Sources of variation of antimicrobial use in Charolaise and Limousine beef breeds in Veneto region (Italy)

Matteo Santinello, Alessia Diana, Massimo De Marchi, Mauro Penasa


Submitted 2020-07-03 | Accepted 2020-09-03 | Available 2020-12-01

The development of antimicrobial resistance is a growing problem which jeopardises both human and animal health. Livestock sector is generally blamed as principal contributor due to the over-use of antimicrobials to treat animals. Hence, new strategies to reduce antimicrobial use (AMU) are necessary. Little is still known on potential factors affecting AMU in beef production. Therefore, the objective of this study was to explore the impact of farm, breed, sex and season on AMU in Charolaise and Limousine breeds. Data on body weight, breed, sex and AMU were collected from 10 specialized beef farms (543 batches) located in Veneto region (Italy). Average daily gain (ADG) was calculated and AMU data were used to calculate a treatment incidence (TI100it) through the Defined Daily Dose Animal based on Italian dosage. An ANOVA was performed to investigate sources of variation of ADG and TI100it. Overall, farms differed significantly for both ADG and TI100it. The ADG was greater for Charolaise than Limousine breed (P <0.05). Limousine had greater TI100it than Charolaise (P <0.05), and males had greater TI100it than females (P <0.05), likely due to their higher susceptibility to respiratory diseases. Differences among seasons were also observed, with the coldest periods of the year having greater TI100it compared to summer and spring (P <0.05). Findings of the present study shed a light on potential risk factors of AMU in beef cattle, which will be useful to develop new strategies for the reduction of antimicrobials.5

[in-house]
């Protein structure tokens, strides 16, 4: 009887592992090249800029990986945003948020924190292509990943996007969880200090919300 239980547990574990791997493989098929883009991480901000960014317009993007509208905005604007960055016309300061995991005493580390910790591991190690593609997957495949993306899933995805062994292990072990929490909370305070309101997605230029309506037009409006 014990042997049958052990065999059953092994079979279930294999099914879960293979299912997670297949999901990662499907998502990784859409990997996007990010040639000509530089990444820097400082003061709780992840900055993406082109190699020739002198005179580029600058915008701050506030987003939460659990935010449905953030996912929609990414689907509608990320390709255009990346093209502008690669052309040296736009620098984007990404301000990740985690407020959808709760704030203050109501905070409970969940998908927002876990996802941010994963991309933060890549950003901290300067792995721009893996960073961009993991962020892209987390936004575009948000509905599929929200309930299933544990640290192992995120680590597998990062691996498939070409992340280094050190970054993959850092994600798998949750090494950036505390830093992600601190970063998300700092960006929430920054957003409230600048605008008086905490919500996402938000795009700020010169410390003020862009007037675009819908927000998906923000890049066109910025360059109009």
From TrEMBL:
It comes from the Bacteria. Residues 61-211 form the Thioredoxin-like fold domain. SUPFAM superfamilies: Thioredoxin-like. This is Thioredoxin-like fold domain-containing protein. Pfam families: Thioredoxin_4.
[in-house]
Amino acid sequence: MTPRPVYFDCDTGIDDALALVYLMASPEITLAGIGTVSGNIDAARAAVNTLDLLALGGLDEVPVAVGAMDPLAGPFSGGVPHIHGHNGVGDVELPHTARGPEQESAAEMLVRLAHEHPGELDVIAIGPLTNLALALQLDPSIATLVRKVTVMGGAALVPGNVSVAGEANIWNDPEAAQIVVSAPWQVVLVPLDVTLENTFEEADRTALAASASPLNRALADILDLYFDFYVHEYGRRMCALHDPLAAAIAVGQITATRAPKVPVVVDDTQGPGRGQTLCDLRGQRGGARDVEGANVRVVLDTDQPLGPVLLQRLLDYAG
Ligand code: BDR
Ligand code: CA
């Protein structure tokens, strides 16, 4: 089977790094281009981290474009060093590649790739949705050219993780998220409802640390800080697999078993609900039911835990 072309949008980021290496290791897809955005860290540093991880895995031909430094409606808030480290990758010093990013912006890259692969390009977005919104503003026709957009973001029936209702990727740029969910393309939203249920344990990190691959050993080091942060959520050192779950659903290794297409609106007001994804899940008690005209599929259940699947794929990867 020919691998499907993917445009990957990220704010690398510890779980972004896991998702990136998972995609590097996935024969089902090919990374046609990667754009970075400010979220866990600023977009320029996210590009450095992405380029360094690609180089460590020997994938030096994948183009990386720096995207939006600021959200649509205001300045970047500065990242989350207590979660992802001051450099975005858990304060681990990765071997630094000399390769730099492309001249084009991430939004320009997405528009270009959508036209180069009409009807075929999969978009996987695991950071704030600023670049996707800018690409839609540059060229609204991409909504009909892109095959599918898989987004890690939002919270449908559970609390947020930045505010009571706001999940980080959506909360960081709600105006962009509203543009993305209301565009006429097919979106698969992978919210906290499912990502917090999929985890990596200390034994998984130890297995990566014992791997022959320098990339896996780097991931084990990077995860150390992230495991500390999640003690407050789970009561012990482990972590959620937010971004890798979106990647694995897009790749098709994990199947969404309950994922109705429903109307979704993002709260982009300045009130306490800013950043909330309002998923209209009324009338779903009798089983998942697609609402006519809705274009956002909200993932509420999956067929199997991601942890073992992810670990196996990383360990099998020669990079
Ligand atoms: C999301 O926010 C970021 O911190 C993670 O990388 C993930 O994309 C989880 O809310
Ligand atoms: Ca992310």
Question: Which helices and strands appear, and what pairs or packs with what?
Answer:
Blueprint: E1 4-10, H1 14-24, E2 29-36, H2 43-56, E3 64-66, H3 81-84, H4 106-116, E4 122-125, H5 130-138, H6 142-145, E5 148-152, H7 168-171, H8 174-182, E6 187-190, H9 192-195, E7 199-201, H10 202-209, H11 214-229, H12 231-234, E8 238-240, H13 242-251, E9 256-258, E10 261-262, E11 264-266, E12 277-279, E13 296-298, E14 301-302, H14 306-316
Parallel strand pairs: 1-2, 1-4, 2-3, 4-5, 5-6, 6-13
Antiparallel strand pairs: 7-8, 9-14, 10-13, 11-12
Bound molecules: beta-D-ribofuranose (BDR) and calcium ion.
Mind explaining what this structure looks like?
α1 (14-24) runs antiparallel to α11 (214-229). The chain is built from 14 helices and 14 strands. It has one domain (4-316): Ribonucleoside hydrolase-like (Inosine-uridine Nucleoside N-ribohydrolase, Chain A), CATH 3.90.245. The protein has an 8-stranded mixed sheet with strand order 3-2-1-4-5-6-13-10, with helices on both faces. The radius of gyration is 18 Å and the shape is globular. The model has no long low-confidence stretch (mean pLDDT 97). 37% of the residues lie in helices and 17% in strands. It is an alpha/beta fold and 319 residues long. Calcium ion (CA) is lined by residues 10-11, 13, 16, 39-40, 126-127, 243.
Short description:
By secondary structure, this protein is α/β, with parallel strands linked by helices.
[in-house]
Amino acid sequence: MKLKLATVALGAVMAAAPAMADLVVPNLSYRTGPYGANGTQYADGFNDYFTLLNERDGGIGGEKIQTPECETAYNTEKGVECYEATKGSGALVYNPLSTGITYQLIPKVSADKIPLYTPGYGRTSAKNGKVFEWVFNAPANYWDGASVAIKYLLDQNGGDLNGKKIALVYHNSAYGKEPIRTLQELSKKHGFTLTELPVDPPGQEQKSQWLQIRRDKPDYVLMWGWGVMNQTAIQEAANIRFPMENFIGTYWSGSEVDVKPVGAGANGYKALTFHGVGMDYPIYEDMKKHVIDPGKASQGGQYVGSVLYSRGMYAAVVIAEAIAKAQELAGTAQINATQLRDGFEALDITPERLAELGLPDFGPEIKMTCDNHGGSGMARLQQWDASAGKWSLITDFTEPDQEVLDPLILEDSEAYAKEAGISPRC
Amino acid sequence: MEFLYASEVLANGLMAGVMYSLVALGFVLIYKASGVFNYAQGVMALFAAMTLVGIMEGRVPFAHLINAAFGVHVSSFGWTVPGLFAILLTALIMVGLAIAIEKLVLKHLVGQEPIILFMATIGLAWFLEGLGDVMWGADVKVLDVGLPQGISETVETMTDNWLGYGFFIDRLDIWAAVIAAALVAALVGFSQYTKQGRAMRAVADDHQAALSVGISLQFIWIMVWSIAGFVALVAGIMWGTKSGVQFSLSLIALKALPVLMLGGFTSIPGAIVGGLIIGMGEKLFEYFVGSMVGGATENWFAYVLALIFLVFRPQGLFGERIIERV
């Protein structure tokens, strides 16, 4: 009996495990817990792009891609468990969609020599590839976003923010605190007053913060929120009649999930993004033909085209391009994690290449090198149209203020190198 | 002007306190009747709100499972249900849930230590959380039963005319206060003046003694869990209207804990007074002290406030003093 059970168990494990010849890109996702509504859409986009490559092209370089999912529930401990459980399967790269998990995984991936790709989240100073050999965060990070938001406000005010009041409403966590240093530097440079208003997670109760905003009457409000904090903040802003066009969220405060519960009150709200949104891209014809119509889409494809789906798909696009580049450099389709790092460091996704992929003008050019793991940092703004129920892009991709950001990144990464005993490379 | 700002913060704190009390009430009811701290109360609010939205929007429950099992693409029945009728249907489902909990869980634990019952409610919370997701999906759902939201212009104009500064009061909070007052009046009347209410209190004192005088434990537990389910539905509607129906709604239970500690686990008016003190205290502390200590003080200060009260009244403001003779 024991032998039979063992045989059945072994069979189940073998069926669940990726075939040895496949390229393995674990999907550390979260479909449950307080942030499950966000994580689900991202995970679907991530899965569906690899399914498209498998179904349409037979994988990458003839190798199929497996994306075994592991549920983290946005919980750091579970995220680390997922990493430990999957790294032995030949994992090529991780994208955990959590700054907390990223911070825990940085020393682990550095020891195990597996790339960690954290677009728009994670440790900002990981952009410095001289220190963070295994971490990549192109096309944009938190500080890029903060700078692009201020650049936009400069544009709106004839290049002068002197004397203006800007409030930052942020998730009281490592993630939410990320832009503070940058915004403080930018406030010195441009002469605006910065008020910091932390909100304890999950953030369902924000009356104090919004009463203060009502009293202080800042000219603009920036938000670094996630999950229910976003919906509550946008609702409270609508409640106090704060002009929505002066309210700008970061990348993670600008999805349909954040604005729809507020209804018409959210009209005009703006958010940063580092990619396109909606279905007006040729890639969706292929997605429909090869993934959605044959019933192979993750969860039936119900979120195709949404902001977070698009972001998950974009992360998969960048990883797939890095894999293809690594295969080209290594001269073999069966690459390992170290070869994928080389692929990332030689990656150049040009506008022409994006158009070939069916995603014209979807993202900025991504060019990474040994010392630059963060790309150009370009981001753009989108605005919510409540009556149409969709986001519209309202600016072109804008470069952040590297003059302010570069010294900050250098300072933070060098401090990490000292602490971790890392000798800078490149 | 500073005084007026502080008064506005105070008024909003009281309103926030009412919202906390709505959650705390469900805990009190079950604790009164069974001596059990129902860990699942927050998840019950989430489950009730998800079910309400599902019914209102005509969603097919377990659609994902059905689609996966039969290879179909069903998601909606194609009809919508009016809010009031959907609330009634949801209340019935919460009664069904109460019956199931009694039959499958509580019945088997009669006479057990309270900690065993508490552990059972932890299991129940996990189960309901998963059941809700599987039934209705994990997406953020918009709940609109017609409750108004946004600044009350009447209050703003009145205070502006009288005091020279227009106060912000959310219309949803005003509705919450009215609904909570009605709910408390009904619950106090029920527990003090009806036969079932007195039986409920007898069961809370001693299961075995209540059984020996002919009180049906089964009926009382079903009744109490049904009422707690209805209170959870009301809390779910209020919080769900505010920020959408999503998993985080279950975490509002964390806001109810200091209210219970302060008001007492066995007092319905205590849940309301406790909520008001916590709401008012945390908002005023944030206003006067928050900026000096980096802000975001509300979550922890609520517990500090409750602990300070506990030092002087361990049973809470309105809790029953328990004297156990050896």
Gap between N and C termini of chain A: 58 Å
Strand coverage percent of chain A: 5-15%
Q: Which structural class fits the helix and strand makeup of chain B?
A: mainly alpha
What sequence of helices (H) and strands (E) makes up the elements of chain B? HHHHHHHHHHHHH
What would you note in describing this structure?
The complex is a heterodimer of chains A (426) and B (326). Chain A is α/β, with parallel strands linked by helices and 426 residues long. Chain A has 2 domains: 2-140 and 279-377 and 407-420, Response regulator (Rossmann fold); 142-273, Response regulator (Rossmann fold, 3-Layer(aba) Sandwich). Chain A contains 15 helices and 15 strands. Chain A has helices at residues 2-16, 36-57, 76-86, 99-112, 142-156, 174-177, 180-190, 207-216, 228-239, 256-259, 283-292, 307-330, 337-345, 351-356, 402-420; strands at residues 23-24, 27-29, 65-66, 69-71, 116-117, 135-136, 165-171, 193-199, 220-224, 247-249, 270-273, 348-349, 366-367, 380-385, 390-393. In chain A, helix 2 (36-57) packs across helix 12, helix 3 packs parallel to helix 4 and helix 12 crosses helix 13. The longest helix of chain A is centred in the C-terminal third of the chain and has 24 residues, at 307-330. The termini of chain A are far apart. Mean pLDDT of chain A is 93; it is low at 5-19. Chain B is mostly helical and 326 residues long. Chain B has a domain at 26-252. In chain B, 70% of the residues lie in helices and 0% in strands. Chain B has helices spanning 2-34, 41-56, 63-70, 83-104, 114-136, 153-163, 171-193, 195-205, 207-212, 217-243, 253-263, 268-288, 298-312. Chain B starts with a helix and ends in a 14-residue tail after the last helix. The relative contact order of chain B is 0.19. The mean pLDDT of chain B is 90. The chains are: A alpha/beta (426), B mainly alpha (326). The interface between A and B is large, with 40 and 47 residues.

Keywords: antimicrobial, beef cattle, treatment incidence


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